Ships and Boats

It was Wednesday afternoon.
We might have missed it – but we didn’t.
We were all together in our living-room.
The cry went up, “Look! Look out the window!”

The NLV Pharos passes our living room window – in the background are the Paps of Jura

The vessel seemed so close.
As a result it appeared rather large.
It was the Northern Lighthouse vessel ‘Pharos’.

The NLV passes the old port at Baugh

We had an appointment at Heylipol.
As a consequence we saw the vessel at Baugh
Then we saw it anchor in Hynish Bay off Crossapol.

The NLV Paros anchoring in Hynish Bay off Crossapol

The Pharos often anchors in Hynish Bay when she services Skerryvore Lighthouse
Certainly she anchored in the bay on Wednesday evening.
She then returned on Thursday evening.

The NLV Pharos with the helicopter on its pad

The NLV Pharos can often be seen alongside the Lighthouse Pier at Oban.
She is a Multi-Function Tender which came into service in 2007.
She works with a contract helicopter and her own workboats.
She is thus able to access and also re-supply
some of the most remote assets in Scotland
and the Isle of Man.

The dingy ‘Pelican’ with the NLV Pharos in the background

A personal favourite location on the island is the old port at Baugh.
This especially so when the ‘Pelican’ is in these waters.
At times is can be like a picture postcard.

It is Wednesday and the MV Clansman sails out of Gott Bay bound for Barra

In CalMac’s Summer Time timetable Wednesday is a special day.
The ferry goes on from Tiree and across the Little Minch to Barra.
It is thus possible to come to Tiree and return to the Mainland on the same day.
Some people use the Barra crossing to enjoy the sail to Barra as a non-landing cruise.

The MV Clansman enters the Gunna Sound inbound from Barra

The Gunna Sound separates the twin Isles of Coll and Tiree.
For the Barra Crossing the vessel makes use of the Gunna Sound.
On Wednesday the arrival of the ferry at the entrance to the Sound was stunning.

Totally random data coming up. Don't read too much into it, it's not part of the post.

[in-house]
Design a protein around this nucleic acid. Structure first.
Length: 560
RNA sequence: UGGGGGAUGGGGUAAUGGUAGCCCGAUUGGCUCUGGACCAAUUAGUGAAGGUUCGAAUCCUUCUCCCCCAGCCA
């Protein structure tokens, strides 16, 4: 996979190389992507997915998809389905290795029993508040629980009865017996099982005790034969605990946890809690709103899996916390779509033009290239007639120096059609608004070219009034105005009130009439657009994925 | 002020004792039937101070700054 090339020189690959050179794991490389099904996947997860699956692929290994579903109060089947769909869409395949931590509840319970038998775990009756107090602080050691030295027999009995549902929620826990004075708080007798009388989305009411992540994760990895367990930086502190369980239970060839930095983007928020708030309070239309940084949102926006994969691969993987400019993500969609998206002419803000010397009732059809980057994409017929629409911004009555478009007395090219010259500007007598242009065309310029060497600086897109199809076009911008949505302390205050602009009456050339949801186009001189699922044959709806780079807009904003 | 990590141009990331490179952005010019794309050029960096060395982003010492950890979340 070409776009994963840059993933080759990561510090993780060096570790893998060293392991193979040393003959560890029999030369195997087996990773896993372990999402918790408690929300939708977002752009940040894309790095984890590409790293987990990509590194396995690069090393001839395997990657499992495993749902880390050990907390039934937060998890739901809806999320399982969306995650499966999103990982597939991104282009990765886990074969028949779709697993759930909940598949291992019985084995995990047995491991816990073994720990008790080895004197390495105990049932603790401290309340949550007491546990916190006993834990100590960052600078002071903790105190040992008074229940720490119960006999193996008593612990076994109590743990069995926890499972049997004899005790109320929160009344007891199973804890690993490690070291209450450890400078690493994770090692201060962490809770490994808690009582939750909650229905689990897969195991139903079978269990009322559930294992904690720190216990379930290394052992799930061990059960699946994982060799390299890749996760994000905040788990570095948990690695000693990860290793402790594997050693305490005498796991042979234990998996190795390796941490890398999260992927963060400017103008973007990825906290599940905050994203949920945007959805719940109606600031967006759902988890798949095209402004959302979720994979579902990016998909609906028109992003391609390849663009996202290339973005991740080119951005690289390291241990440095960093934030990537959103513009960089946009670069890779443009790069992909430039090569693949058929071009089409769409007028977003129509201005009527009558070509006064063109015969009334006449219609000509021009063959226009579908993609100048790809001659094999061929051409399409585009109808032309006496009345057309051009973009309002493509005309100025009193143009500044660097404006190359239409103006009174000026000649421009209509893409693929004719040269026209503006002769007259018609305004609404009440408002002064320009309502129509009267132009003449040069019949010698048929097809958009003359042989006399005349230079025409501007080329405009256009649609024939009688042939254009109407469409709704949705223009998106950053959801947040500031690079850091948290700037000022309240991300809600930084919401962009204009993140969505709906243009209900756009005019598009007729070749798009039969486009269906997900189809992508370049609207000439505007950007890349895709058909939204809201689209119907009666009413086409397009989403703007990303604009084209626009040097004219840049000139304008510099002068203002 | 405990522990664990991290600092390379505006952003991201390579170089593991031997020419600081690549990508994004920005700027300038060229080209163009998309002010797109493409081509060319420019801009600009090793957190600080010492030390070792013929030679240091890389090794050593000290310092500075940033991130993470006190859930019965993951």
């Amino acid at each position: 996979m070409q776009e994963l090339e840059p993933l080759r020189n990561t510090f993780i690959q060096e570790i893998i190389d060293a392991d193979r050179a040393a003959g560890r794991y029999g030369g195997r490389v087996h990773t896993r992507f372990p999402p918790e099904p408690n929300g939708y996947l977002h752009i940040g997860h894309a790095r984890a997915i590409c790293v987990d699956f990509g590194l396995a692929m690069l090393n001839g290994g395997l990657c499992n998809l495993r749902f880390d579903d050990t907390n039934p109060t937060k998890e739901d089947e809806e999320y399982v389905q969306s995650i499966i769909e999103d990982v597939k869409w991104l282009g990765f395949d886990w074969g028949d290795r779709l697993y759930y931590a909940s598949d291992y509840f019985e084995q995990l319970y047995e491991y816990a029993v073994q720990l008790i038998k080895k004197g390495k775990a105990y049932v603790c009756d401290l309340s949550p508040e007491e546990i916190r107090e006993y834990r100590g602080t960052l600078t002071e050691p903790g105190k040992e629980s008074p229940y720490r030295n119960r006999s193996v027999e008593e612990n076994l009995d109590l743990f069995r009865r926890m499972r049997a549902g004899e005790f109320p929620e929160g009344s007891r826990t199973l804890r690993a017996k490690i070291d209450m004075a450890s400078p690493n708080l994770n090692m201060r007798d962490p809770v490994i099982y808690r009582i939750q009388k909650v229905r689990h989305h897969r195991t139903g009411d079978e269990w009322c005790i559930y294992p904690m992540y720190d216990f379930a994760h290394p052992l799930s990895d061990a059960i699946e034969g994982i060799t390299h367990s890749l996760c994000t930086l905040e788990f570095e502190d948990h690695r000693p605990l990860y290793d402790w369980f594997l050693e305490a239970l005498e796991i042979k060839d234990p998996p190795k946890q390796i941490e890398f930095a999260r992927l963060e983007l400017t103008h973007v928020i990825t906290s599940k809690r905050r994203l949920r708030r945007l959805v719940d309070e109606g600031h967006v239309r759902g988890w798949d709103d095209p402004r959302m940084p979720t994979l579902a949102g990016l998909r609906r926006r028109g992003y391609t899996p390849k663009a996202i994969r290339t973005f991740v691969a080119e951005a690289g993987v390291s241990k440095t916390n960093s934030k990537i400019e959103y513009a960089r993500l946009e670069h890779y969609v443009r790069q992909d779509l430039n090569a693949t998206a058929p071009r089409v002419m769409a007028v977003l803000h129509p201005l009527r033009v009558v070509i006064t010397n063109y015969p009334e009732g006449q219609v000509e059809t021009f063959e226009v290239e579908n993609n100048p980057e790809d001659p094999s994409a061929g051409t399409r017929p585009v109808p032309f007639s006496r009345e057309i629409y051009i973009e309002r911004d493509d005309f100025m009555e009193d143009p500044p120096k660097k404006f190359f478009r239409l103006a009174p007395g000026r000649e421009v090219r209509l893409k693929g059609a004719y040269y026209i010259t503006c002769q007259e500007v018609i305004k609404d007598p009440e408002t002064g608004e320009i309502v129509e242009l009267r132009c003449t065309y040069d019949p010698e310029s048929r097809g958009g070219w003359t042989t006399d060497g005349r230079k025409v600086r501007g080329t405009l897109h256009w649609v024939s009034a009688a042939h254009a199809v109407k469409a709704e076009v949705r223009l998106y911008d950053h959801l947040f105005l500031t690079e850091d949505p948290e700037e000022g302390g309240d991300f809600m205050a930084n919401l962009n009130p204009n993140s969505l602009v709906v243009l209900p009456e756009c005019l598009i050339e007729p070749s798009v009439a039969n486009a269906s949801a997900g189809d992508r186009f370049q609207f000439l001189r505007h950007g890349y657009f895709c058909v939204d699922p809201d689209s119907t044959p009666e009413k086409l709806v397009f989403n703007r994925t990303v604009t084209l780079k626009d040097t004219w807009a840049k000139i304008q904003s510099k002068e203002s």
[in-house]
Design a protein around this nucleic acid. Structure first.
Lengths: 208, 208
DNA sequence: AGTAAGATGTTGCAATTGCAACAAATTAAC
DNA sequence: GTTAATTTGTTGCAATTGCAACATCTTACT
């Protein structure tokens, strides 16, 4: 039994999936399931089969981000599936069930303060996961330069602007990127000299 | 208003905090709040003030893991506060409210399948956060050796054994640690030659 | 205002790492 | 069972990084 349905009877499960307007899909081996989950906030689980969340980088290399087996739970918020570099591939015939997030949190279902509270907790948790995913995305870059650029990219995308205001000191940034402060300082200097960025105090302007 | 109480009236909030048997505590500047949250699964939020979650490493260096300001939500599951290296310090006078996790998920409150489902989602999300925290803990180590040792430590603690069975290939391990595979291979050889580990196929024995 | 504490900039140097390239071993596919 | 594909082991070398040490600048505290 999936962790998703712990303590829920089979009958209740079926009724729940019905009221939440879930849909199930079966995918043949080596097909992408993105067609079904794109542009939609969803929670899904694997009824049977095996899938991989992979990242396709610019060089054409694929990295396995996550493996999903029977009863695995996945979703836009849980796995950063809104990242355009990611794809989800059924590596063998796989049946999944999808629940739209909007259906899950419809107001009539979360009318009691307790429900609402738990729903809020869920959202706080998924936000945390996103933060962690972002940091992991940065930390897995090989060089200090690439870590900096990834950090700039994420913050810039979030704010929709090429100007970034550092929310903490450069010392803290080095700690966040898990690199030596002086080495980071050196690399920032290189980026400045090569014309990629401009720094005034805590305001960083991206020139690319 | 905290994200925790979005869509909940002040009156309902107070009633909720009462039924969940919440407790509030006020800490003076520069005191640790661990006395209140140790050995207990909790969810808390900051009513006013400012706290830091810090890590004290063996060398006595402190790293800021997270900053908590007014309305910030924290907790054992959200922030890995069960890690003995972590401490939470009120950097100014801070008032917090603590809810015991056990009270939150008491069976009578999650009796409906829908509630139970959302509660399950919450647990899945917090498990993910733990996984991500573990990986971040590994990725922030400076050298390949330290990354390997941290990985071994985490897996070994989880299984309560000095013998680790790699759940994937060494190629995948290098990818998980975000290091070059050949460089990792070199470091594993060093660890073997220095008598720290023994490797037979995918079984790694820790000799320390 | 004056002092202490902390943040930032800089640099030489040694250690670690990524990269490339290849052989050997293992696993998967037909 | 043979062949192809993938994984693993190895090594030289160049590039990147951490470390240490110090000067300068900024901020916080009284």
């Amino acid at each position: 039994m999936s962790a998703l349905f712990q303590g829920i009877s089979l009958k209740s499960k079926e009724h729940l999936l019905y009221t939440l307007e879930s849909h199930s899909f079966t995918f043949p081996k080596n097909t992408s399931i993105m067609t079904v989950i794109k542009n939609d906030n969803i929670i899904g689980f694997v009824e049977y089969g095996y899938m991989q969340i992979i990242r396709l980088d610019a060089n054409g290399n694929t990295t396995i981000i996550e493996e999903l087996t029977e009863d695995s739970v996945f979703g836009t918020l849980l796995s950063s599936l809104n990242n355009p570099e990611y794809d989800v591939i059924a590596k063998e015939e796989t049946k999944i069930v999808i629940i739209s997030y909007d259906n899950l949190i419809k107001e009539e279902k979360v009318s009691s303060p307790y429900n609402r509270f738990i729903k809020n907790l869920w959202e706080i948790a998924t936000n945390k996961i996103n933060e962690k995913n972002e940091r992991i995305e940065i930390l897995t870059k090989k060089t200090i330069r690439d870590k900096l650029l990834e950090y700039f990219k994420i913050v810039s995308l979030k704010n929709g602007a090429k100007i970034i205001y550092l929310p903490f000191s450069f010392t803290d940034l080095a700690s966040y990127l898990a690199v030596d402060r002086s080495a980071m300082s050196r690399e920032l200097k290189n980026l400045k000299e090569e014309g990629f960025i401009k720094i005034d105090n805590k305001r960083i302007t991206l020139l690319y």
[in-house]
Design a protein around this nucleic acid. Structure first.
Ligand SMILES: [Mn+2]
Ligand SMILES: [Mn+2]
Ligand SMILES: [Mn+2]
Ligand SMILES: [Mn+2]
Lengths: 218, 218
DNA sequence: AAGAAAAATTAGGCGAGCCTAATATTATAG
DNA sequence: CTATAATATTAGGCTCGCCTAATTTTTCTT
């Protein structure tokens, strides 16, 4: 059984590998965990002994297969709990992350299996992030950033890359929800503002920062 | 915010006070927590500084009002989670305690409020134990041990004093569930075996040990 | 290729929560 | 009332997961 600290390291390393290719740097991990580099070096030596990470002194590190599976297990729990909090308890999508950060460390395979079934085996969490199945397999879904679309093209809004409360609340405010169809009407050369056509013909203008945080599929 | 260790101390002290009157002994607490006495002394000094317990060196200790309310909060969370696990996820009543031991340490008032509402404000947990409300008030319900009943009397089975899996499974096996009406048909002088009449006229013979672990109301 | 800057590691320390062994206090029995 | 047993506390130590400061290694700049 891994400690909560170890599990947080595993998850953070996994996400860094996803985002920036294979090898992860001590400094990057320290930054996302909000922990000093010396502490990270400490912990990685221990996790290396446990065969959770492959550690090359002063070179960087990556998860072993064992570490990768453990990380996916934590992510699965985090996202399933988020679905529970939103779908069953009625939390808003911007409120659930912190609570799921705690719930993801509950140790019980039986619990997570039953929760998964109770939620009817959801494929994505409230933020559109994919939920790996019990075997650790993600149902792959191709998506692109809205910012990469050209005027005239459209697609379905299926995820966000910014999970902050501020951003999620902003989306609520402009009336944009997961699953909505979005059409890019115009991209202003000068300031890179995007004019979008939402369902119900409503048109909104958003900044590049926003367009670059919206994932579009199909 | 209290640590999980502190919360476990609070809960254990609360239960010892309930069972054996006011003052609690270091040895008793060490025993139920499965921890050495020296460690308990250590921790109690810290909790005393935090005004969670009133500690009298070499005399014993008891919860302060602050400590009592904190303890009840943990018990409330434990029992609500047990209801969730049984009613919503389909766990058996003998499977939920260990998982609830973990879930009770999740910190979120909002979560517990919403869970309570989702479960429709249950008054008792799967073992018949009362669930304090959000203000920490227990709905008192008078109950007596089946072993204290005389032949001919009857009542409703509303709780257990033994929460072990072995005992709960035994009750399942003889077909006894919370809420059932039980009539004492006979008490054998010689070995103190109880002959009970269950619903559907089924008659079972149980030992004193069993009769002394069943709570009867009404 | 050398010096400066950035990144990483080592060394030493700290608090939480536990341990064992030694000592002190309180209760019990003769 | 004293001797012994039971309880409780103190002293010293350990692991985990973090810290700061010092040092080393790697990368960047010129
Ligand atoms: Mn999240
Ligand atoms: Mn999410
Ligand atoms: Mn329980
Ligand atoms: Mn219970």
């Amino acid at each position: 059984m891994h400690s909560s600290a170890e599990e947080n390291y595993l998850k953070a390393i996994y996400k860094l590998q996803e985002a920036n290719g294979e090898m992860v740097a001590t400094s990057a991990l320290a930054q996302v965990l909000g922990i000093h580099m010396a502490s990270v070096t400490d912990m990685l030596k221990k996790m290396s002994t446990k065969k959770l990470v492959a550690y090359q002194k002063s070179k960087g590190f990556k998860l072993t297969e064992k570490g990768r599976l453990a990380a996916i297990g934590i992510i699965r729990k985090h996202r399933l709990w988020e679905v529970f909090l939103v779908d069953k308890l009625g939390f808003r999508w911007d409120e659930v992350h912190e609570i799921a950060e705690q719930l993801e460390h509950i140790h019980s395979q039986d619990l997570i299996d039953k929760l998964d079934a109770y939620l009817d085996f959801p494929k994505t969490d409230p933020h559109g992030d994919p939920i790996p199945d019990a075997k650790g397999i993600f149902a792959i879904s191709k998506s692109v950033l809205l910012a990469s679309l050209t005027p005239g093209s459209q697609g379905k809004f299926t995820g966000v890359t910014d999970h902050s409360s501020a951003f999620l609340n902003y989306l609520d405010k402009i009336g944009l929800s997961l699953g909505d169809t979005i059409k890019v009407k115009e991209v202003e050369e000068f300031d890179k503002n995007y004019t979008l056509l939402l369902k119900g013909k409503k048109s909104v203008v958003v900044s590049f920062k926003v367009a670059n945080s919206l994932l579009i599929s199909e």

The MV Clansman passing the navigational buoy in the Gunna Sound

On a Wednesday the ferry calls twice at Tiree.
At 11:05am the ferry arrives from Coll and Oban bound for Barra.
About six hours later it arrives from Barra bound for Coll and Oban.

The MV Clansman emits black smoke from her funnel as she prepare to depart for Coll and Oban

Most freight vessels and cruise ships sail to the West of Tiree.
Occasionally such vessels will enter the Passage of Tiree.
Recently the cruise ship ‘Astoria‘ passed our island.
She must have been at least 10 miles away.

The Cruise Ship ‘Astoria’ in the Passage of Tiree

Fishing boats often frequent the waters that surround Tiree.
A number of vessels sail from Milton harbour.
A couple also sail from Scarinish harbour.

Atlantis Roar in the waters off Scarinish Harbour

Ships and Boats!
One Winter, not so long ago,
when the MV Clansman went for its annual overhaul
a much smaller ferry the MV Hebridean Isles took its place.
Just before the return of the Mighty ‘Clansman to the route
the MV Hebrides replaced the MV Hebridean Isles.
The former pier master exclaimed,
“There’s a ship!”

The MV Hebrides in Gott Bay, Tiree

Just what makes a ship a ship?
What is the difference between a ship and a boat?
Well! I’ll leave you to enter this much discussed question.

A jet ski in Gott Bay, a boat or a ski?

This is ‘Life on Tiree’.
I do love to be beside the sea.